Democracy

An international March Against Monsanto is scheduled for May 24. Hundreds of events around the world have already been scheduled to protest against the world's biggest agricultural biotechnology company. Like all capitalist monopolies, Monsanto got to where it is today by being ruthless. There are other big biotech companies with shocking records of disregarding people and planet in pursuit of profit — such as DuPont, Bayer and Dow Chemical — but Monsanto's record is so notorious, it warrants its own special international protest day.
The private media and important actors both at home and abroad, including Washington, have downplayed, and in some cases completely ignored, the terrorist actions perpetrated against the Venezuelan government over the past three months. Among the latest examples that have gone underreported abroad is the assassination in late April of Eliezer Otaiza, a historic leader of the Chavista movement and president of the Caracas city council.
After a few years in the making, Partizan Travel has finally been launched. It is a social enterprise that provides progressive-minded people across the world the chance to visit various countries in a different, authentic way. Visitors will learn about those nations by meeting grassroots activists and hearing about the history and reality of their struggles. They will take part in political events, enjoy local culture and traditional food.
For years the federal budget has been brutal on refugees and asylum seekers. Each year for the past two decades, visa places have been cut or made more difficult to gain, and services and rights to appeal are cut. The rights of people seeking protection in Australia are slowly eroded while detention centres get bigger and bigger budgets. Now, Prime Minister Tony Abbott and Treasurer Joe Hockey have revealed a budget that takes the war on refugees to new heights — with a newly merged border control agency, more patrol boats and the axing of independent oversight of refugee processing.
Protest the Tony Abbott government's killer budget at marches on Sunday May 18: Brisbane: 1pm, Queens Park, City
Sydney: 1pm, Belmore Park, City (next to Central Station)
Melbourne: 2pm, State Library of Victoria, City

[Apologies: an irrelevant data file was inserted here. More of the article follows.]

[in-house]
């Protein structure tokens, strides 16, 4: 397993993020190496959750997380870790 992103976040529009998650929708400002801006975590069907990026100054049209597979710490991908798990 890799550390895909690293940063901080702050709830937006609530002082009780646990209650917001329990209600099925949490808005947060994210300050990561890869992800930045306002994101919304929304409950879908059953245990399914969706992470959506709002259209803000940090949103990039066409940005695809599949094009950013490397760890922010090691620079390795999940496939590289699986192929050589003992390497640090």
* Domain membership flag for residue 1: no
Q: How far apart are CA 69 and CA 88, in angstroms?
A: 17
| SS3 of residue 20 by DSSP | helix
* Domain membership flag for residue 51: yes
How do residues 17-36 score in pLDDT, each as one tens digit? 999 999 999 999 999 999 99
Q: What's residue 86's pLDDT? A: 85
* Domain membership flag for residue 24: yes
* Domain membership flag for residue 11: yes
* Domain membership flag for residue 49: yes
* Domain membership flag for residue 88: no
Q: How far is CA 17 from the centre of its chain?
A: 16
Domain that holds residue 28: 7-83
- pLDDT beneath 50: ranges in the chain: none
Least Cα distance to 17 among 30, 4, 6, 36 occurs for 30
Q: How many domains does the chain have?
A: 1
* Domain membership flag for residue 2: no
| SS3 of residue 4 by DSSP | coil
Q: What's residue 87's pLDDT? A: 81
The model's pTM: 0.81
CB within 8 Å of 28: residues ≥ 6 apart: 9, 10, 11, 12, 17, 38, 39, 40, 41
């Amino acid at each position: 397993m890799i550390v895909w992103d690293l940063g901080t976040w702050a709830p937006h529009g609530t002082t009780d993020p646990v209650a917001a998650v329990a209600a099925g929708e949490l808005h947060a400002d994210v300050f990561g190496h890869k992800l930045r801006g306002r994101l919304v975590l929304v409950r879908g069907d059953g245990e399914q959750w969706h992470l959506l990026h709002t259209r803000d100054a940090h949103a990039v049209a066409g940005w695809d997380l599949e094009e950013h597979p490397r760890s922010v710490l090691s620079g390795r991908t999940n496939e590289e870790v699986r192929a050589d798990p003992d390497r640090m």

Hobart: 1pm, Parliament Lawns, City
Adelaide: 11.30am, Victoria Square, City
Perth: 12 noon, Russell Square Park, Northbridge
Read Green Left's coveragge of the federal budget
For people just tuning in, the idea that people in Brazil would be protesting the 2014 World Cup makes about as much sense as New Yorkers' rebelling against pizza. And yet here we are, less than one month before the start of the Cup, and demonstrations bear the slogan #NãoVaiTerCopa, or "There will be no Cup".
The evacuation of a besieged settlement of 1300 displaced people by the UN-sanctioned French and African Union peacekeeping forces on April 27 marked the disappearance of the Muslim community of Bangui, capital of the Central African Republic (CAR). Until last year, 100,000 of Bangui’s 734,000 inhabitants were Muslim. Deutsche Welle said that day that after the convoy left with the displaced people, crowds chanted “Liberation!” and “We have cleaned Central African Republic of the Muslims!” They looted the deportees’ homes and trashed one of the city's few remaining mosques.
In the House of Trade Unions in Odessa on May 2, more people died than over several days of fighting in the Donbass in Ukraine's east. In Kramatorsk in the eastern Donetsk Oblast province on the same day, however, government forces also excelled themselves, killing 10 unarmed local residents who had tried to block the path of armoured vehicles.
A familiar sea of red shirts, large banners and a revolutionary sing-along soundtrack: at first glance this year’s march for the International Workers Day on May 1 was business-as-usual in the Andean city of Merida. The celebratory atmosphere was due in part to the announcement by Venezuelan President Nicolas Maduro on April 30 of a 30% rise in the national minimum wage.
The Chicago Socialist Campaign, a collaborative effort by activists and socialists from many movements and organisations in the city, has announced the candidacy of one of Chicago’s most well-known and respected community activists for city council. Jorge Mujica, an award-winning journalist and long-standing labour and immigrant rights activist, will challenge one of Chicago’s most politically connected and unaccountable aldermen for a city council seat.
Ecuador's Amazonian indigenous community of Sarayaku is in a state of rebellion against the central government after refusing entry to a police contingent arriving by helicopter on the morning of May 6. The helicopter landed, but was barely able to stay five minutes after being threatened by 300 people carrying machetes, muskets and a net to throw over the helicopter. “This is extremely serious, an attack on the rule of law in this country,” President Rafael Correa said. “Tomorrow, any other community could claim the right to harbour fugitives.”
A high stakes game in the north of Ireland’s unfinished peace process played out before the world’s media last week, writes Irish Republican News. But almost 20 years after the Provisional IRA’s ceasefire in its armed struggle against British occupation of the six counties in Ireland's north, the shock detention of Gerry Adams on allegations of past IRA activity on April 30 ended in a dramatic triumph for the Sinn Fein leader.